Ownership, in the Biblical context, is never as simple as you and your stuff. What you own, you have in light of the God that owns everything because the earth is the Lord’s and everything in it. Ownership, possession, wealth, all of our stuff, begins with our gratitude for God’s generosity, and you have a responsibility to use what you have well.
This should make us hold on to our things in a certain way. Kind of like how you hold an egg.
If you are cooking with a child, and you hand them an egg, before you teach them how to break it, whisk it, separate it, before you do anything with an egg, if you are cooking with a child you teach them how to hold an egg.
You have to hold an egg with some firmness, because if you aren’t really holding on to an egg you’ll drop it, and yet, you don’t want to hold on to an egg too tightly because if you do, you’ll break it.
Imagine the first time you got your first paycheck from your first job and someone said to you, hold this firmly, yet loosely, because here’s the deal with money – sometimes your tax refund will surprise you in ways that you like, other times it will surprise you in ways that you don’t like. Sometime you might open a credit card statement and think to yourself, wow, I’ve finally paid this off. Other times, you might open a hospital bill and think to yourself I didn’t know that many zeros and commas existed.
Our possessions and money have to be held in a certain way, because has anyone here ever owned something that took so much, time, and energy, and anxiety and worry, and effort that eventually you realized that this thing you owned took ownership of you – and when you finally got rid of it, you felt free.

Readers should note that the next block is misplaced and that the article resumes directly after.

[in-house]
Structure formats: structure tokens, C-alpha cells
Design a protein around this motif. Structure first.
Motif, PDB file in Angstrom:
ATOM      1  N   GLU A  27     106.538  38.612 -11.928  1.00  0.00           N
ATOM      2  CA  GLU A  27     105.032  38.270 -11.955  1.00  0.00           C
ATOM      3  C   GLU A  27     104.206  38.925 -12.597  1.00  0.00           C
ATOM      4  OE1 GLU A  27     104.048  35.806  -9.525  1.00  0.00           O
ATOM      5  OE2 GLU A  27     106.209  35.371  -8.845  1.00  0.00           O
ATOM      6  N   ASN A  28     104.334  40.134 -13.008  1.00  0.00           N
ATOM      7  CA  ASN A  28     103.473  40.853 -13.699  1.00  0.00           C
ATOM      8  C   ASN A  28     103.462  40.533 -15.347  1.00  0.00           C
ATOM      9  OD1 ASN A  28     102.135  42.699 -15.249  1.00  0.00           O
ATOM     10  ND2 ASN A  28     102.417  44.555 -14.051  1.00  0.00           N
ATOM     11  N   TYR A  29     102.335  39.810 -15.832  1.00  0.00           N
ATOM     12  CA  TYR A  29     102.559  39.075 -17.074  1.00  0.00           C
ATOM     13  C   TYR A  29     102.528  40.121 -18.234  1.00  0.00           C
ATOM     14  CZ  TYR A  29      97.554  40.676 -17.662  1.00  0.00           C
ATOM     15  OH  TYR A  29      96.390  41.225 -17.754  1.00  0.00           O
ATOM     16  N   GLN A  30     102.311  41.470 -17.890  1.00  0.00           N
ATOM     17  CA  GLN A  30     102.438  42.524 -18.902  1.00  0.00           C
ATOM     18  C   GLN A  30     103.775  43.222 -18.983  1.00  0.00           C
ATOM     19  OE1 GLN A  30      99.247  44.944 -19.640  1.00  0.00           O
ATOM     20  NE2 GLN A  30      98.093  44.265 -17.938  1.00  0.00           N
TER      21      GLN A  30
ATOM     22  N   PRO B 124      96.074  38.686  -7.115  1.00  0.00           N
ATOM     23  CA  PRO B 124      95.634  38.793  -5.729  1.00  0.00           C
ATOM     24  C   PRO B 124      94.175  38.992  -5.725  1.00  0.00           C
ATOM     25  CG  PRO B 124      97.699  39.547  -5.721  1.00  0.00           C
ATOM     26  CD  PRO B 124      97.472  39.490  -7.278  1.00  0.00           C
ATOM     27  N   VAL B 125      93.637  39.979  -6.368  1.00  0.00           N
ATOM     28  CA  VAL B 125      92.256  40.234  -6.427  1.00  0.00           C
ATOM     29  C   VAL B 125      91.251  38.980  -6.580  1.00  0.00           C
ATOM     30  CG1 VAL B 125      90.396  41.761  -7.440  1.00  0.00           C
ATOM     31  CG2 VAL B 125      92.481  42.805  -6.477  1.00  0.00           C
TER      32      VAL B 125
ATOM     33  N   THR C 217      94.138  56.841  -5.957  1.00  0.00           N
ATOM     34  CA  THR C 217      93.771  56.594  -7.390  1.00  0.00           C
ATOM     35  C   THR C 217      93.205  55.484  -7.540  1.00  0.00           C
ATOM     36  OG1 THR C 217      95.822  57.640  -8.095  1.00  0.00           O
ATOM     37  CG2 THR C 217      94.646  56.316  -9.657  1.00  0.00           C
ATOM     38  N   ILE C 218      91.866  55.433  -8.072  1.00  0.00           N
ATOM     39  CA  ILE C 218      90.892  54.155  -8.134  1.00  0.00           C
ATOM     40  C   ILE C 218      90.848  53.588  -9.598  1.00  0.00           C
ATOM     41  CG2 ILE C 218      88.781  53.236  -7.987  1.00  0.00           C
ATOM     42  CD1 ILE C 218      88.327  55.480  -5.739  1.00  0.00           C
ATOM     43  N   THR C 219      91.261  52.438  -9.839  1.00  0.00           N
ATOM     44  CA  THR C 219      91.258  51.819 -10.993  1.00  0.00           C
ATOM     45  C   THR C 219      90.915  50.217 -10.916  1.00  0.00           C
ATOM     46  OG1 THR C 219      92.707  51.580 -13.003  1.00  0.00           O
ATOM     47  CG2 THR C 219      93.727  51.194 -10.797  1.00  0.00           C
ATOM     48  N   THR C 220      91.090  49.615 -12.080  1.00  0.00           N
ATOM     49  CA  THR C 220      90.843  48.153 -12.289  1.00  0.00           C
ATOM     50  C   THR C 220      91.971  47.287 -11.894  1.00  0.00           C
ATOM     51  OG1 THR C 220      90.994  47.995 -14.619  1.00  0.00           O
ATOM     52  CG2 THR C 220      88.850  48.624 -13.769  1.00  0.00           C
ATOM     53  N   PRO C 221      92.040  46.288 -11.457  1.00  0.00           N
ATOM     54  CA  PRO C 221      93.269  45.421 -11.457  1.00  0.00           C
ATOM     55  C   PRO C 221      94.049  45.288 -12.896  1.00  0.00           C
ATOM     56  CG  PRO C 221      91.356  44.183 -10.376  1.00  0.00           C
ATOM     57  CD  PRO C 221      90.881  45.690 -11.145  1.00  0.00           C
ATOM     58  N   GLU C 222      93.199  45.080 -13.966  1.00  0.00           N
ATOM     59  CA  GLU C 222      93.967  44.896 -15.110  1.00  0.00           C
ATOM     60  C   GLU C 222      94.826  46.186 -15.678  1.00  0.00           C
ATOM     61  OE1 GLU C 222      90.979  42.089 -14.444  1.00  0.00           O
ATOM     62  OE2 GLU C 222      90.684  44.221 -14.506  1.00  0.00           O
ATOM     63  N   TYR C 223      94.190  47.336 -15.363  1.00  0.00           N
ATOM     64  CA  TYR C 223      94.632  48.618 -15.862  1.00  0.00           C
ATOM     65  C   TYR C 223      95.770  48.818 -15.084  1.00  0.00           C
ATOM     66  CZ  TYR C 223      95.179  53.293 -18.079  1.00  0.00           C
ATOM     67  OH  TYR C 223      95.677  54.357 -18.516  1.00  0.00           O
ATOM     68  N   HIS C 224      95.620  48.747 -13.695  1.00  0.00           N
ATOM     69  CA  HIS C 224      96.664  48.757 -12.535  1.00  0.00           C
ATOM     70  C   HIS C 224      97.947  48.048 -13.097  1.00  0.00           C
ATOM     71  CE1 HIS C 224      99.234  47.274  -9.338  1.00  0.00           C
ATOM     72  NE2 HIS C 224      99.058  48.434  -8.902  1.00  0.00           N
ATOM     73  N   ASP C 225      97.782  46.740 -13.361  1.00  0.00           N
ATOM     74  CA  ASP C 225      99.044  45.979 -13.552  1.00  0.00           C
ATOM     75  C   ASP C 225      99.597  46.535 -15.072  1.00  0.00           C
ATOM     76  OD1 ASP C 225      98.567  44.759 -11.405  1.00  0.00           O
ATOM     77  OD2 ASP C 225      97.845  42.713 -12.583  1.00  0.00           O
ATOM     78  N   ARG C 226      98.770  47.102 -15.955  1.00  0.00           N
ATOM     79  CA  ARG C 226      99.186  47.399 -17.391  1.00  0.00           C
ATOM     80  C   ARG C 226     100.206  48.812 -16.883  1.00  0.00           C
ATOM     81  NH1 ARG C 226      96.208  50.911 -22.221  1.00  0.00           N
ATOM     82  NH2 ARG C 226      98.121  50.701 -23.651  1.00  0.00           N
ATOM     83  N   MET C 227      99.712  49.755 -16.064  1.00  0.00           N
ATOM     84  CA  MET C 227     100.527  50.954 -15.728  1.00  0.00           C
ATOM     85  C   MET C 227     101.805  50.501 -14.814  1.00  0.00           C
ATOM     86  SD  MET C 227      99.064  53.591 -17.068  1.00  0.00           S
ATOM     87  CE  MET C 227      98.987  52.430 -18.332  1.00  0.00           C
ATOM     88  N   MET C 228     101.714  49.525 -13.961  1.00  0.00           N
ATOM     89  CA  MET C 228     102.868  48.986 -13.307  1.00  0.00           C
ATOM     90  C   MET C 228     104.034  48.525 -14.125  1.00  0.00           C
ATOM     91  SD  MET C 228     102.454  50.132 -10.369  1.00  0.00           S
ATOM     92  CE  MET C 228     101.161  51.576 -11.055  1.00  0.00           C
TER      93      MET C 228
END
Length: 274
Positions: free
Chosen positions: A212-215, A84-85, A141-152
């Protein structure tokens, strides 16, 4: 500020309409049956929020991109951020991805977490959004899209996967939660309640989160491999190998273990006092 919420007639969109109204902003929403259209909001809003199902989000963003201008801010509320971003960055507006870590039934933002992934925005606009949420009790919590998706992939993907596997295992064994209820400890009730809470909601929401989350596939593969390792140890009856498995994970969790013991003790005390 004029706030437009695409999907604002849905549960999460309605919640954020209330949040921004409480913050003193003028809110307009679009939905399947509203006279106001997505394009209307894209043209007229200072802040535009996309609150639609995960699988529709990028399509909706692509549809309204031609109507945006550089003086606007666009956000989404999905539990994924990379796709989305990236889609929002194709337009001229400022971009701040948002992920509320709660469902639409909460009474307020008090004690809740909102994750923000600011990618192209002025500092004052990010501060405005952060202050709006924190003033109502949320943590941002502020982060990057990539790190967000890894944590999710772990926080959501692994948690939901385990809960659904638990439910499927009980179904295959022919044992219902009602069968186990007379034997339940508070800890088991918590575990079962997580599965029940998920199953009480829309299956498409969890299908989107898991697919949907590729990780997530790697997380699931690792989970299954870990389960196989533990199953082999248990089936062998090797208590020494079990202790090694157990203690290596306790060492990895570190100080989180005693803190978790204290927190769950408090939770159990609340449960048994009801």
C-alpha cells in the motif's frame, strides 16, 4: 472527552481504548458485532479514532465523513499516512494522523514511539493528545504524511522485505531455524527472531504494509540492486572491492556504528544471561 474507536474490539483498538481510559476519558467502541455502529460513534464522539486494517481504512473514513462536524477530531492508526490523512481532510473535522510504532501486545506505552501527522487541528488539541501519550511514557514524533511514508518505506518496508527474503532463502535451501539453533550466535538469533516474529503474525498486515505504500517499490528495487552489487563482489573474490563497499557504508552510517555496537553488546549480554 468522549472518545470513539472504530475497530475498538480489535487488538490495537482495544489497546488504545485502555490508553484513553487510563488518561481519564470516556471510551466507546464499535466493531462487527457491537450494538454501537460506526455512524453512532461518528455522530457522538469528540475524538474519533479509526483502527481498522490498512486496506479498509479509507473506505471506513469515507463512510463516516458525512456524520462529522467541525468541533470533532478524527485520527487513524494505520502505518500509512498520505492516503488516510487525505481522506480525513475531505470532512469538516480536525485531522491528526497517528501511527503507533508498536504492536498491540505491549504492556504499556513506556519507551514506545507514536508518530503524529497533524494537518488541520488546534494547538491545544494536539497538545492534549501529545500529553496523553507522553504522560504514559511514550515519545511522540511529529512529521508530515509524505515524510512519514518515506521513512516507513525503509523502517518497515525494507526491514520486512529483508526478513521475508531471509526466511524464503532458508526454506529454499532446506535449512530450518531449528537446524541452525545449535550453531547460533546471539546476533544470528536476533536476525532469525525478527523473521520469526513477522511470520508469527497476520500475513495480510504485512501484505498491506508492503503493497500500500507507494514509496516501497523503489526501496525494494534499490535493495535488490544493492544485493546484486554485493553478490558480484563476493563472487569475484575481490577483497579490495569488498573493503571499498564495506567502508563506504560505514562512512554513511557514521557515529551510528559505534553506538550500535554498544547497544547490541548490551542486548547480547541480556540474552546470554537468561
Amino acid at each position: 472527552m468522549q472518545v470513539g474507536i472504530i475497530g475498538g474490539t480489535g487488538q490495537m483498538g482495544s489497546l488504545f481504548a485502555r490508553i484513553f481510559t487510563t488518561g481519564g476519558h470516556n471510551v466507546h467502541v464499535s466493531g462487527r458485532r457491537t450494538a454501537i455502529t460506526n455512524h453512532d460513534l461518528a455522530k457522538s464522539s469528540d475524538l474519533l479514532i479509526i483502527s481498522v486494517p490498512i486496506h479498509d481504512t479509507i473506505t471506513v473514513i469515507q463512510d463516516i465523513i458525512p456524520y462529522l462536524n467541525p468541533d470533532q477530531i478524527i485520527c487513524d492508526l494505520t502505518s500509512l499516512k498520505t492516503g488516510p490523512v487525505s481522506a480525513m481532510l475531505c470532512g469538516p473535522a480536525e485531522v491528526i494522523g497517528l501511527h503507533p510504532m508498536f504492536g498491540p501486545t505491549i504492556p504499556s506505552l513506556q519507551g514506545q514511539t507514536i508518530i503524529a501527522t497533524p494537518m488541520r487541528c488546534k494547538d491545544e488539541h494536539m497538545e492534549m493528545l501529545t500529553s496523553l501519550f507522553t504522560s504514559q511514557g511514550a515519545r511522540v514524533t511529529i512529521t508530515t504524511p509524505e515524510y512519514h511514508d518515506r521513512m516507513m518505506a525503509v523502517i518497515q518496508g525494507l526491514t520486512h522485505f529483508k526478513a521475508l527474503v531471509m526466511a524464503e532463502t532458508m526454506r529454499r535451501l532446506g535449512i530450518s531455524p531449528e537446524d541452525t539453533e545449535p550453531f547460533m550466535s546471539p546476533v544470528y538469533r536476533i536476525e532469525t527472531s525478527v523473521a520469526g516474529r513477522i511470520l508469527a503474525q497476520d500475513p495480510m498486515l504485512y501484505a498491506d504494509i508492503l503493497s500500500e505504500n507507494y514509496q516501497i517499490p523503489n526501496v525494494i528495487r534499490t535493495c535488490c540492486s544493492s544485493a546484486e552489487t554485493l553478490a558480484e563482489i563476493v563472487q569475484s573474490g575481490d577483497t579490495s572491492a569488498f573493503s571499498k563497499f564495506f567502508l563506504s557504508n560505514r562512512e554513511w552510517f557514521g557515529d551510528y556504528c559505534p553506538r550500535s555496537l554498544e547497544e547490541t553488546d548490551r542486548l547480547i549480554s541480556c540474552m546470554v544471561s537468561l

When I was a kid, I read comic books. I’ve always loved superhero stories, but when I got into middle school and high school my circle of friends shifted so I stopped reading comics. But when I was in seminary, in New Jersey, one day I was waiting for the train and a newsstand nearby was selling comics, so I bought one, and that turned into another, and another, and another.
Eventually I had to buy a bookcase for my comics, and then I needed another bookcase, and then I needed storage boxes. Eventually I was buying so many comics each week that I couldn’t keep up on reading them every week. Overtime, I found myself with a bookcase filled with comics that I hadn’t read yet. I had shifted from being a comic book reader to a comic book collector.
I wanted to tell myself that comics would be an investment. I bought each comic for $3 to $5 and last year I sold the 4000 or so comics that I had for less than $500.
You can do the math, but I try not to think about it.
The things we own, if we are not careful, will take ownership of us. Our possessions and our money demands to be held a certain way, not too tight, but not too loose either.
What we find in Acts is that there is something that happens through the Gospel. The hope of God putting all things back together through Christ, the empty tomb, the promise that Jesus is Lord changed people and shaped the early church in such a way that they thought about money and possession differently.
Of all the things that could be written about the early church, Acts almost goes out of its way to say, people sold their stuff for the sake of others to make sure that everyone was taken care of.